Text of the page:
2016-ehang-drone/ or Phone 636-667-3176


Library Users of Missouri

By DeAnna Quietwater Noriega

Hello all, I was honored to be asked to represent MCB on the Wolfner Advisory Board. Here are just a few things I thought you might like to know about:

LARGE Print for Adults: Wolfner Library is pleased to announce large print titles are now available for adults. This new collection features a wide array of genres, including mysteries, Christian fiction, westerns, romances, non-fiction and more. Patrons may check out large print books for a six-week loan period. New titles will be added monthly. A sample of the available titles includes:

Bittersweet by Susan Wittig Albert (LP030020)

Bridge to Haven by Francine Rivers (LP030052)

Captivated by You by Sylvia Day (LP030032)

Daughter of the Regiment by Stephanie Grace Whitson (LP030003)

Don’t be a Stranger by John D. Nesbitt (LP030015)

A New Hope by Robyn Carr (LP030029)

When Books Went to War: The Stories That Helped Us Win World War II by Molly Guptill Manning (LP30080)

Adult Winter Reading Program: Thrillers and Killers! Whether you like your books with a dose of blood, a touch of suspense, or an element of romance, this year's Adult Winter Reading Program is for you! With the theme "Thrillers and Killers" readers will have the opportunity to sample mysteries and thrillers from the beginning of the genres to the modern era.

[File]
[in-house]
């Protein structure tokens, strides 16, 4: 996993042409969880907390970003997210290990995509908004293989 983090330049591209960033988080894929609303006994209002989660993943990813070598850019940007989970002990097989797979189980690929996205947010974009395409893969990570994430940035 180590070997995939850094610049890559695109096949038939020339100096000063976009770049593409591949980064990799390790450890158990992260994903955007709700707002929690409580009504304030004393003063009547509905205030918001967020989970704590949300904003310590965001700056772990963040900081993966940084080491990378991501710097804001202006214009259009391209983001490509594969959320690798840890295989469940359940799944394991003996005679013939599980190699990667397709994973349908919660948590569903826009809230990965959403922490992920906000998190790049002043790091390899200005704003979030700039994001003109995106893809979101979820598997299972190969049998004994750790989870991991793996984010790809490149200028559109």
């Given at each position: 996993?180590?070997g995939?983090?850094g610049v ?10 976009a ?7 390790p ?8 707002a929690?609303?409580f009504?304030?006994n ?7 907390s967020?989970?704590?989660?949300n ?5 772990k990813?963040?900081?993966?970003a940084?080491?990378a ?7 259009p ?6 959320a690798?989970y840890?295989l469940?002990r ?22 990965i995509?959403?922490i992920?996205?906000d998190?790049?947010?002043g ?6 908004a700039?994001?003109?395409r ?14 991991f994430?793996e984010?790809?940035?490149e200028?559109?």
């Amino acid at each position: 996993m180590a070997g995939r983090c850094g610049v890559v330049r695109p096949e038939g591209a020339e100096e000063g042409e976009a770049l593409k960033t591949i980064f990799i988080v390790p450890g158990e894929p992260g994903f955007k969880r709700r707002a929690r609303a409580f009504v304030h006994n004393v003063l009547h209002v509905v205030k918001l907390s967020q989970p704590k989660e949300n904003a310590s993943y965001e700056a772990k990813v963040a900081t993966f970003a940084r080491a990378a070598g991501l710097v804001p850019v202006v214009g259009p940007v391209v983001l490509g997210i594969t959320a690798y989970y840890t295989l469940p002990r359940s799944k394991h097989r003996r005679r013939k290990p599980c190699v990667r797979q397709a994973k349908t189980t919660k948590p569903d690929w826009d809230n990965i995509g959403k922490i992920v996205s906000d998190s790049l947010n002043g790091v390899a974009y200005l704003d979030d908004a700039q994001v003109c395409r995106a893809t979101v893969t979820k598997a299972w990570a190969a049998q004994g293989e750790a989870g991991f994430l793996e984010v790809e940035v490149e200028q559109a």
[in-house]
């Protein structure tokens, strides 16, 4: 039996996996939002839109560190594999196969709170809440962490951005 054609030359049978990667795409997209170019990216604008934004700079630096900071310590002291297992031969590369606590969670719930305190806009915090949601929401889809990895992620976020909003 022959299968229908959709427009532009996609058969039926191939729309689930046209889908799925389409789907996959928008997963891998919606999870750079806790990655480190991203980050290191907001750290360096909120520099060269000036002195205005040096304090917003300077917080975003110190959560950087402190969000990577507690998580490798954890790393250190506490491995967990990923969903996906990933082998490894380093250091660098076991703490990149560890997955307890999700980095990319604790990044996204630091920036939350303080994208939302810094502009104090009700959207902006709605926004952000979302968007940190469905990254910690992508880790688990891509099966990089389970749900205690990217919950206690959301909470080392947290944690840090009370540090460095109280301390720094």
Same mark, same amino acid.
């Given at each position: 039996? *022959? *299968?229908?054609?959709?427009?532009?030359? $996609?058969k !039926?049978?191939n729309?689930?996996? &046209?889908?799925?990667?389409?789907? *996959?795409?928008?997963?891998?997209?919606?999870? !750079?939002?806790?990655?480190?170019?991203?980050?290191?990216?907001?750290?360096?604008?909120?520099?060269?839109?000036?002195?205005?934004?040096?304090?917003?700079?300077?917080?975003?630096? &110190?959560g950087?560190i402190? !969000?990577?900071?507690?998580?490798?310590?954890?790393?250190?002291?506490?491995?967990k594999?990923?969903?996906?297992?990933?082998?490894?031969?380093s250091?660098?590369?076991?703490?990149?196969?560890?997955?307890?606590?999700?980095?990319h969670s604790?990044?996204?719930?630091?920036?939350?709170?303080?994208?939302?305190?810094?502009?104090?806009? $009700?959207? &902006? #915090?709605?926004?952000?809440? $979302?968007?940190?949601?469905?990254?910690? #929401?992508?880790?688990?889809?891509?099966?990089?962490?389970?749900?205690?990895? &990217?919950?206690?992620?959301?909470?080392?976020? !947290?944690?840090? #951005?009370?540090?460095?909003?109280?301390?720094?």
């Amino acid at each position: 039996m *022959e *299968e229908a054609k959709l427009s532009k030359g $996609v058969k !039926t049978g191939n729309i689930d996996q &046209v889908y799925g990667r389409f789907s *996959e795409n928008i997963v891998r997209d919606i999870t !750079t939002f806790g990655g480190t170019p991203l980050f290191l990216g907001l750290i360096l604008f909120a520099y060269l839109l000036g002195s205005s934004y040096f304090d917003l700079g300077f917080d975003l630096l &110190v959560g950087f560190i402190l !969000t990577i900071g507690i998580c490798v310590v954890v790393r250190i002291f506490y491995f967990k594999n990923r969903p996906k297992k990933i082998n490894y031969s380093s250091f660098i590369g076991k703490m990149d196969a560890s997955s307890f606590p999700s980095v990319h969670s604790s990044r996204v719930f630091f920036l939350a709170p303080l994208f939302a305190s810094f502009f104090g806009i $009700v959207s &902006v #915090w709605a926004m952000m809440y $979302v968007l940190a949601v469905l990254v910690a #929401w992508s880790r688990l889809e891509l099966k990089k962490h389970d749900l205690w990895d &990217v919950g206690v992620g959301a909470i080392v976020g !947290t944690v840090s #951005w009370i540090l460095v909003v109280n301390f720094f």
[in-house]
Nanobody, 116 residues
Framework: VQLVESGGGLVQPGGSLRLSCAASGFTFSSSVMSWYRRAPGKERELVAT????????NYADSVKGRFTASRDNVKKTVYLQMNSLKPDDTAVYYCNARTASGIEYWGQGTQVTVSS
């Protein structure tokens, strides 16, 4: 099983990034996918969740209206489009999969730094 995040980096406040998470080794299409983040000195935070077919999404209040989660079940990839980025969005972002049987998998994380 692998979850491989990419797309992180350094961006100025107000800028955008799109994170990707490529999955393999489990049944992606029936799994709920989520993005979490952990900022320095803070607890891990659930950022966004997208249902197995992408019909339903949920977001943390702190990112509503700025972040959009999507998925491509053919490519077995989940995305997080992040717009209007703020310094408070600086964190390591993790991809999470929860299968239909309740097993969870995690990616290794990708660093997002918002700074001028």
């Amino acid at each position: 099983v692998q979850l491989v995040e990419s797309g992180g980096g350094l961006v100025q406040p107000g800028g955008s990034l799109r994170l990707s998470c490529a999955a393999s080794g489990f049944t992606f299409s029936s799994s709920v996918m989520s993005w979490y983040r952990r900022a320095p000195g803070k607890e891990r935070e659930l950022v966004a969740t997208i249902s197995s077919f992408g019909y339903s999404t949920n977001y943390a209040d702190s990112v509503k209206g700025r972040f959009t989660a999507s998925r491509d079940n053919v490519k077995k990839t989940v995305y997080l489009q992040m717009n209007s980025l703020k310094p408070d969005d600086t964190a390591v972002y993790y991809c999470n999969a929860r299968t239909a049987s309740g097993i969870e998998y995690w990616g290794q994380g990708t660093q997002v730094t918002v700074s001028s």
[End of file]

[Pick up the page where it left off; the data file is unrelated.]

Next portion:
Registration opens on January 11th, 2016 and the program will run January 25th through March 7th. The deadline for submitting the number of books read will be March 14th.

To qualify for prizes, patrons must read at least 10 titles from the provided reading list. Included in the program are books from 10 categories of mysteries and thrillers, including fiction and nonfiction titles. Patrons may elect to enjoy the program by category or by individual title. Wolfner Library would like to thank the Library Users of Missouri for funding this year’s Adult Winter Reading Program.